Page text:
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Academy to Honor Angela Bassett, Mel Brooks, and Carol Littleton With Honorary Oscars; Sundance’s Michelle Satter Wins Humanitarian Award

The Academy of Motion Picture Arts and Sciences announced on Monday that its Board of Governors voted to present Honorary Academy Awards to Angela BassettMel Brooks, and editor Carol Littleton, and the Jean Hersholt Humanitarian Award to Michelle Satter of the Sundance Institute.

The four Oscar statuettes will be presented at the Academy’s 14th Governors Awards event on Saturday, Nov. 18 at the Fairmont Century Plaza in Los Angeles.

The Honorary Award, an Oscar statuette, is given “to honor extraordinary distinction in lifetime achievement, exceptional contributions to the state of motion picture arts and sciences, or for outstanding service to the Academy,” while the Jean Hersholt Humanitarian Award, also an Oscar statuette, is given “to an individual in the motion picture arts and sciences whose humanitarian efforts have brought credit to the industry.”

“The Academy’s Board of Governors is thrilled to honor four trailblazers who have transformed the film industry and inspired generations of filmmakers and movie fans,” Academy President Janet Yang said in a statement. “Across her decades-long career, Angela Bassett has continued to deliver transcendent performances that set new standards in acting. Mel Brooks lights up our hearts with his humor, and his legacy has made a lasting impact on every facet of entertainment. Carol Littleton’s career in film editing serves as a model for those who come after her. A pillar of the independent film community, Michelle Satter has played a vital role in the careers of countless filmmakers around the world.”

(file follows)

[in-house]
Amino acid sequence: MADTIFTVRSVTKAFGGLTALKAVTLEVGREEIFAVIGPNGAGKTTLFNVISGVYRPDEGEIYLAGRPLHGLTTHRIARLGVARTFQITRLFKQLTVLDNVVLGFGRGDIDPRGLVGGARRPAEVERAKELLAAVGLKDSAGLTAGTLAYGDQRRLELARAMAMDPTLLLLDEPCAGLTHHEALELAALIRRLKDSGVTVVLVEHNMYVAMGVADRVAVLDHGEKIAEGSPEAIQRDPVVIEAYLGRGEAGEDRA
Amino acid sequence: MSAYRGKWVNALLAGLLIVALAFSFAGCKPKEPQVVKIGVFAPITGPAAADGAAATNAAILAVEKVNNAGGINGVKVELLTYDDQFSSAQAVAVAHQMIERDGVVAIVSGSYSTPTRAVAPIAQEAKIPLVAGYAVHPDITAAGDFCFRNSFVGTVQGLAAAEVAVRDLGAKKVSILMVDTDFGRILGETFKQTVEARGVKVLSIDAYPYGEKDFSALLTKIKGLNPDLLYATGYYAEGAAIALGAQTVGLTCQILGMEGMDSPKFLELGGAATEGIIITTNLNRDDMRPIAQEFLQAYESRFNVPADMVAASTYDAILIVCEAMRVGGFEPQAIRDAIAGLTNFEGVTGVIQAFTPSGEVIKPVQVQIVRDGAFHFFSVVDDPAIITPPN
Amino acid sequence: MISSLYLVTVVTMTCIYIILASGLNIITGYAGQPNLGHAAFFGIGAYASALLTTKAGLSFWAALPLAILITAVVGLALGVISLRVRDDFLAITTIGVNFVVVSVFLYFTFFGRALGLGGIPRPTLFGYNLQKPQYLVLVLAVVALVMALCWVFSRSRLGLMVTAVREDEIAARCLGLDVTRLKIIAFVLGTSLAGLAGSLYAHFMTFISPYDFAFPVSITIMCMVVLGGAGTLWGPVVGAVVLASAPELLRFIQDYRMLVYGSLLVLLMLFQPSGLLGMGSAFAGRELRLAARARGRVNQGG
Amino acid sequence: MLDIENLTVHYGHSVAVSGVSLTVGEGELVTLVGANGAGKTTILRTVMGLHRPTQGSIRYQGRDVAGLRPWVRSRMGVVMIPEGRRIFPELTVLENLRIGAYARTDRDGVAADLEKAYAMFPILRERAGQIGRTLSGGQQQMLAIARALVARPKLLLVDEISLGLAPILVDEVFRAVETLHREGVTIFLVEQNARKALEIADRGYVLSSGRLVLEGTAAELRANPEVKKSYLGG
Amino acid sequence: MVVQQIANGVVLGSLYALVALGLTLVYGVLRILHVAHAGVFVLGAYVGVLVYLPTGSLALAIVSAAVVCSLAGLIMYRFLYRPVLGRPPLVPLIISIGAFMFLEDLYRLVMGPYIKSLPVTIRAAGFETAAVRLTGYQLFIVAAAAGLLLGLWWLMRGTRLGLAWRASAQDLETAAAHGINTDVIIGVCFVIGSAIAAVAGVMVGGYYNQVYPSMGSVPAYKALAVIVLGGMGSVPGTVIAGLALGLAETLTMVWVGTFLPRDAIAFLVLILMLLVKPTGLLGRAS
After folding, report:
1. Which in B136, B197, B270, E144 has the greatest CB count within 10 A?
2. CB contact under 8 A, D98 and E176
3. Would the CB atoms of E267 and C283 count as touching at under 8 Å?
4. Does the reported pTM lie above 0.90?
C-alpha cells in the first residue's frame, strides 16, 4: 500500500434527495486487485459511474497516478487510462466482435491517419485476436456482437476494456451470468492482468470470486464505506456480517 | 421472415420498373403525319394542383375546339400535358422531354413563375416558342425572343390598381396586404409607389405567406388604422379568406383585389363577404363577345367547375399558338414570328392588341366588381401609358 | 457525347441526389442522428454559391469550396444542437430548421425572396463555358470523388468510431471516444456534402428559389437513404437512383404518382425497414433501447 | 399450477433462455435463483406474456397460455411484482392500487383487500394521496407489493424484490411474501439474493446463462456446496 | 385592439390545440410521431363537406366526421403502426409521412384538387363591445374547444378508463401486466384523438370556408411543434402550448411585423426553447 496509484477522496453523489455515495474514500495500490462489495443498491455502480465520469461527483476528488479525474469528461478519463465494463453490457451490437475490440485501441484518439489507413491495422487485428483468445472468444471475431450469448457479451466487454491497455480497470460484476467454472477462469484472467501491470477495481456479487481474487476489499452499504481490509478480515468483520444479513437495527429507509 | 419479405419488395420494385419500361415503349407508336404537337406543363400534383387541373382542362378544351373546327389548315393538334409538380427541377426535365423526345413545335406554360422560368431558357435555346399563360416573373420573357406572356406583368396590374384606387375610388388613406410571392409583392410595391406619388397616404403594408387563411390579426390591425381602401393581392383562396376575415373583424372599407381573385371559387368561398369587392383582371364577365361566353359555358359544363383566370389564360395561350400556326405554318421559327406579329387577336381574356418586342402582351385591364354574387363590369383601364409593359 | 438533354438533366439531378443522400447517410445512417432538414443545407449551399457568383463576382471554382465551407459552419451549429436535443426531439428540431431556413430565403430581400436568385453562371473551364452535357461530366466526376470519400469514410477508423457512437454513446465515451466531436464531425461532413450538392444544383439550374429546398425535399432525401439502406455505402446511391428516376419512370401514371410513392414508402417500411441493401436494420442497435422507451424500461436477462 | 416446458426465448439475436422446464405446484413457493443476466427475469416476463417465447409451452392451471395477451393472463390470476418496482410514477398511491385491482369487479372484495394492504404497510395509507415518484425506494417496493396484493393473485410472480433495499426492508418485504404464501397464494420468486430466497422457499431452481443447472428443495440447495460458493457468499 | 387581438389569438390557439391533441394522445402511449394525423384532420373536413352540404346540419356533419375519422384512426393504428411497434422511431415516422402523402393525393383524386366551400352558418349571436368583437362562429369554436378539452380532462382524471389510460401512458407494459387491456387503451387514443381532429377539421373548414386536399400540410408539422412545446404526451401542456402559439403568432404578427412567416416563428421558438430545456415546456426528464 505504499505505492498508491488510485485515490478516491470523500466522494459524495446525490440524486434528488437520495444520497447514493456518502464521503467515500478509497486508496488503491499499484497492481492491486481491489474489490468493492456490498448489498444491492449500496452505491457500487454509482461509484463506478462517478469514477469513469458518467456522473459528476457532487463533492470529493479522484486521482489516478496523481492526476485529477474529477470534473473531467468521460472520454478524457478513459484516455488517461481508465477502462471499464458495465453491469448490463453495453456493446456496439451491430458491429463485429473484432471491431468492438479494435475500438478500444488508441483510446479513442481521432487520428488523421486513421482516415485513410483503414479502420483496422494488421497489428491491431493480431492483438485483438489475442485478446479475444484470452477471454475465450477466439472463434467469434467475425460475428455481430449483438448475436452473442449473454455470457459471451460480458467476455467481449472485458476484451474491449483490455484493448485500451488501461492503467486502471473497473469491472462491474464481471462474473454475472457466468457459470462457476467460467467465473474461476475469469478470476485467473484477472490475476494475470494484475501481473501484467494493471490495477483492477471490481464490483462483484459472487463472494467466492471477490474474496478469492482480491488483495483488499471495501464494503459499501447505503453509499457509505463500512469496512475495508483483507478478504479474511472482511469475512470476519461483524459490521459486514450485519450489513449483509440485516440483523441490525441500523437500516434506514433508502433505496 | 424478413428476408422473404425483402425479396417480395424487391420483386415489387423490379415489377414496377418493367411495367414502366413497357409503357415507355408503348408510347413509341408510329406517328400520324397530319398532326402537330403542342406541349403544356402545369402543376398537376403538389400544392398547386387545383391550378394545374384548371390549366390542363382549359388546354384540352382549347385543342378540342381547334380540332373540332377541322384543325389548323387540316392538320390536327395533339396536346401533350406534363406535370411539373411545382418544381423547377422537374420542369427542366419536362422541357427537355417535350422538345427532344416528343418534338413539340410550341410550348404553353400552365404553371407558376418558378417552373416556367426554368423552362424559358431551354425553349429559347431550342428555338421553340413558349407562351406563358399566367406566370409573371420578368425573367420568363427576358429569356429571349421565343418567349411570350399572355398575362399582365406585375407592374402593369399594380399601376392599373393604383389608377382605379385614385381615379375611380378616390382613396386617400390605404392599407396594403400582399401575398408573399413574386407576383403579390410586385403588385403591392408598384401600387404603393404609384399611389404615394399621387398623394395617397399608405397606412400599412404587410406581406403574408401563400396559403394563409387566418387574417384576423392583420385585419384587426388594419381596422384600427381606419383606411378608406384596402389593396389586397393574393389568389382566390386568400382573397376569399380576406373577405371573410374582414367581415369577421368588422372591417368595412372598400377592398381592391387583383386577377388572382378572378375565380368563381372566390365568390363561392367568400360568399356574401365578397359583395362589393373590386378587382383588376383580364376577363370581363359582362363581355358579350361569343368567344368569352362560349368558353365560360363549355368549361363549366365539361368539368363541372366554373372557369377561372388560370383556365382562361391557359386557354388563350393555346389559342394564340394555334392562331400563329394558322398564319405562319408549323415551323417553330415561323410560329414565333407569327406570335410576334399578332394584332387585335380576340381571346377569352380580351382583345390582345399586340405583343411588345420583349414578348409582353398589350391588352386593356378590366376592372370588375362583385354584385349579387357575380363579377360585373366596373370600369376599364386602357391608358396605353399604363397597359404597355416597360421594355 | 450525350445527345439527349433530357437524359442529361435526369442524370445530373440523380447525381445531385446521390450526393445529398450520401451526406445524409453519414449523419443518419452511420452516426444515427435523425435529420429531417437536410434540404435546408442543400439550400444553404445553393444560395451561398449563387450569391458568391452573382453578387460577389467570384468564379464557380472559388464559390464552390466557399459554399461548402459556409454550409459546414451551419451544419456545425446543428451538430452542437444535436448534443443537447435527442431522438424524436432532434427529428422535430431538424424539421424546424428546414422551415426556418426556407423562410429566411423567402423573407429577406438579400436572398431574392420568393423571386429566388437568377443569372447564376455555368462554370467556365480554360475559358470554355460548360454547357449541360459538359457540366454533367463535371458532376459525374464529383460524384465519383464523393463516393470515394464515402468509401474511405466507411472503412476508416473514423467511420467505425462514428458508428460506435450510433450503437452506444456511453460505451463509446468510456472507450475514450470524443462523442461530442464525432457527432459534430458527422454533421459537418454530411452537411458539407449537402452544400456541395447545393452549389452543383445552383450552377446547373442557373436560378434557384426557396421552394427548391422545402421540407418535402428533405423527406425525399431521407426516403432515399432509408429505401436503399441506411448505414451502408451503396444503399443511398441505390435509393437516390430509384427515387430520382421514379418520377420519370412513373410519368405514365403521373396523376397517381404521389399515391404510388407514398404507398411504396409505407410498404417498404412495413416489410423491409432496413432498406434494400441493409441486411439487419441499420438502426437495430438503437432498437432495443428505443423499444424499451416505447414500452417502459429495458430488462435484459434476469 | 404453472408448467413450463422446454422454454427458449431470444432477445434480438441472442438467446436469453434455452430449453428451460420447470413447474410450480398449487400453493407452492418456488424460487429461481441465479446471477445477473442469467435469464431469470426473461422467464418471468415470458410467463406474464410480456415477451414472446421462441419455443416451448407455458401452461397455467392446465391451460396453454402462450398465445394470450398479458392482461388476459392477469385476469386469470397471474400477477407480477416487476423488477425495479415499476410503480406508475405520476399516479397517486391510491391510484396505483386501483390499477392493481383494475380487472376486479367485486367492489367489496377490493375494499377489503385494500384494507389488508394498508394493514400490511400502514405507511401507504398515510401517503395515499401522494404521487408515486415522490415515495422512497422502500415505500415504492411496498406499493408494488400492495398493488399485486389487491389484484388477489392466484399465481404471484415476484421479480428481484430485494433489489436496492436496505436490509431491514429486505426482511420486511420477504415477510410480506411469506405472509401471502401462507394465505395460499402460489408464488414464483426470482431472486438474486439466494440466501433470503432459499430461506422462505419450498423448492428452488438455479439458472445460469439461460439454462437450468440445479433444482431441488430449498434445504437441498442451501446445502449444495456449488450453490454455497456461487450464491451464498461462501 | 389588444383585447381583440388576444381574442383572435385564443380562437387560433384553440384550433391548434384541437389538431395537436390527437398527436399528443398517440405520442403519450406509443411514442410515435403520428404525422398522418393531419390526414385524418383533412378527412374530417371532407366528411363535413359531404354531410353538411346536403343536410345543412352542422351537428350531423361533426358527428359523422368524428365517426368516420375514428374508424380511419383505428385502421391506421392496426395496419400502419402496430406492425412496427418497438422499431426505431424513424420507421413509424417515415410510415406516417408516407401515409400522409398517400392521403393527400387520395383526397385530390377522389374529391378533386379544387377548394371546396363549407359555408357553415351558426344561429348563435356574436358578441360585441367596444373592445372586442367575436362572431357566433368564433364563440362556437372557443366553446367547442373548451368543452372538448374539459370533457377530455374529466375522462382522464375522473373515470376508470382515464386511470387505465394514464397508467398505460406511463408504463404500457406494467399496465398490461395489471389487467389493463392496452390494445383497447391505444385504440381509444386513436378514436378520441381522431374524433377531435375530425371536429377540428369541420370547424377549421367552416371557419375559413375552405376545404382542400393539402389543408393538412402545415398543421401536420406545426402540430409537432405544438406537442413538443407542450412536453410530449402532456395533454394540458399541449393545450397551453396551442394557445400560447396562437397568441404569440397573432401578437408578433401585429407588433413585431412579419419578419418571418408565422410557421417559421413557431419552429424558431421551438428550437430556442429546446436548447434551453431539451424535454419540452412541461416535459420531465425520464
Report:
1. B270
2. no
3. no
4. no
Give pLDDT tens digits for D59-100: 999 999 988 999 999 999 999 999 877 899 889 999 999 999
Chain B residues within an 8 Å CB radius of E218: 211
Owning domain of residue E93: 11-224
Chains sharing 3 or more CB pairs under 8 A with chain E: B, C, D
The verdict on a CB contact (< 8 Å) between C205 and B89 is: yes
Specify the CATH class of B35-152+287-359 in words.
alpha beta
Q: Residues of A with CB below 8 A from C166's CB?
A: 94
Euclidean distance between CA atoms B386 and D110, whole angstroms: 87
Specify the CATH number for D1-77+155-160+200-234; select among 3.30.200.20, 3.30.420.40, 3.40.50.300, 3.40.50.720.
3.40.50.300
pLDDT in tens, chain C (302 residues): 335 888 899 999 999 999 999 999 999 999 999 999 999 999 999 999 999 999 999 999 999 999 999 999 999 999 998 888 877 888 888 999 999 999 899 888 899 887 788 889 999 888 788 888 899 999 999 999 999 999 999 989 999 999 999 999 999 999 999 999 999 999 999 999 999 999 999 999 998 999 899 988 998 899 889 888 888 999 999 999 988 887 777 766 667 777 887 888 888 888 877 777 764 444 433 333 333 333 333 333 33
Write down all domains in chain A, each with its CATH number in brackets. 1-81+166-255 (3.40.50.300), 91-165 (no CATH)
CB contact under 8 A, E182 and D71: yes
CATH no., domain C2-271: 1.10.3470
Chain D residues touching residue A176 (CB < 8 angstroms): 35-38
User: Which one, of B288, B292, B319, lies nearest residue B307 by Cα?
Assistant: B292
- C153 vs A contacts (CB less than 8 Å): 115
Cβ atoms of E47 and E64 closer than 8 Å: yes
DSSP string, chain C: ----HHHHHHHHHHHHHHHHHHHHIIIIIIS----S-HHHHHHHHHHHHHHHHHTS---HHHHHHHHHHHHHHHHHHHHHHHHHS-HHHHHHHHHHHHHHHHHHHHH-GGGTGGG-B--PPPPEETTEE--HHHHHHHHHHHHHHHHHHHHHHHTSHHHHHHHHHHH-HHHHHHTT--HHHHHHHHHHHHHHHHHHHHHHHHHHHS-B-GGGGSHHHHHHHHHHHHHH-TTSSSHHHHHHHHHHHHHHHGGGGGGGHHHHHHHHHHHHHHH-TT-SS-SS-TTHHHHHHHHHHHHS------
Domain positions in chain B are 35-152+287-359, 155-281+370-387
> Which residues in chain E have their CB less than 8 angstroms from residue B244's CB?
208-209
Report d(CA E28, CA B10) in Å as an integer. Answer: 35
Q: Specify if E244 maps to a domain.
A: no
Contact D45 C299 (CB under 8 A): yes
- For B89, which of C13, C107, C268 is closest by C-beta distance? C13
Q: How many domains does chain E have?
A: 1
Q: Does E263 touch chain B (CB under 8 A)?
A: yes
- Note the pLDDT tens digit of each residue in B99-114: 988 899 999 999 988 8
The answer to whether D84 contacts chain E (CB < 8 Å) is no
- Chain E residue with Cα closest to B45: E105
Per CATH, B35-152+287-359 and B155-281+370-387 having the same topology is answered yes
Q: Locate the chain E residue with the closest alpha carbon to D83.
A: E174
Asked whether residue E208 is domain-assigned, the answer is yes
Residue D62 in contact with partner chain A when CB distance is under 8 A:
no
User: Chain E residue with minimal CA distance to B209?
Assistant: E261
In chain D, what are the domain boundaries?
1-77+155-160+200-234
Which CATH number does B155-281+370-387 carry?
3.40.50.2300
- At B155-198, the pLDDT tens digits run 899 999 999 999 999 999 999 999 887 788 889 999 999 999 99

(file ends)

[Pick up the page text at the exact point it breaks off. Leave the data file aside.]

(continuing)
Bassett earned an Oscar nomination for Best Actress for her breakout role as Tina Turner in What’s Love Got to Do With It, and she went on to star in movies such as Boyz N the Hood, Malcolm X, Waiting to Exhale, How Stella Got Her Groove Back, Mission: Impossible – Fallout, Marvel’s Black Panther, and Avengers: Endgame, Pixar’s Soul and, most recently in Black Panther: Wakanda Forever, where her bravura supporting turn earned her an Oscar nomination.

Brooks co-created the TV series Get Smart before writing and directing his first feature, The Producers, which earned him an Oscar for Best Original Screenplay. It later became a hit Broadway musical. Brooks’ iconic oeuvre also includes Blazing Saddles, Young Frankenstein, Spaceballs, and Robin Hood: Men in Tights, among many others.

Littleton’s career as a film editor spans nearly five decades, and she earned an Oscar nomination for her work on Steven Spielberg‘s 1982 blockbuster E.T. The Extra-Terrestrial. Her other notable credits include Body Heat, The Big Chill, Places in the Heart, and The Manchurian Candidate. She has served as governor of the Academy’s Film Editors Branch, president and vice president of the Motion Picture Editors Guild, and on the Board of Directors of American Cinema Editors.

Satter is the founding senior director of the Sundance Institute’s Artist Programs, focused on the cultural impact of supporting independent storytellers. In her more than 40 years in this role at the nonprofit, she has discovered and fostered the careers of hundreds of notable and award-winning filmmakers, many from underrepresented communities. She has also led the Sundance Institute’s international initiatives throughout the world, as she founded and oversees the vision and content of Sundance Collab, a global digital storytelling community and learning platform.

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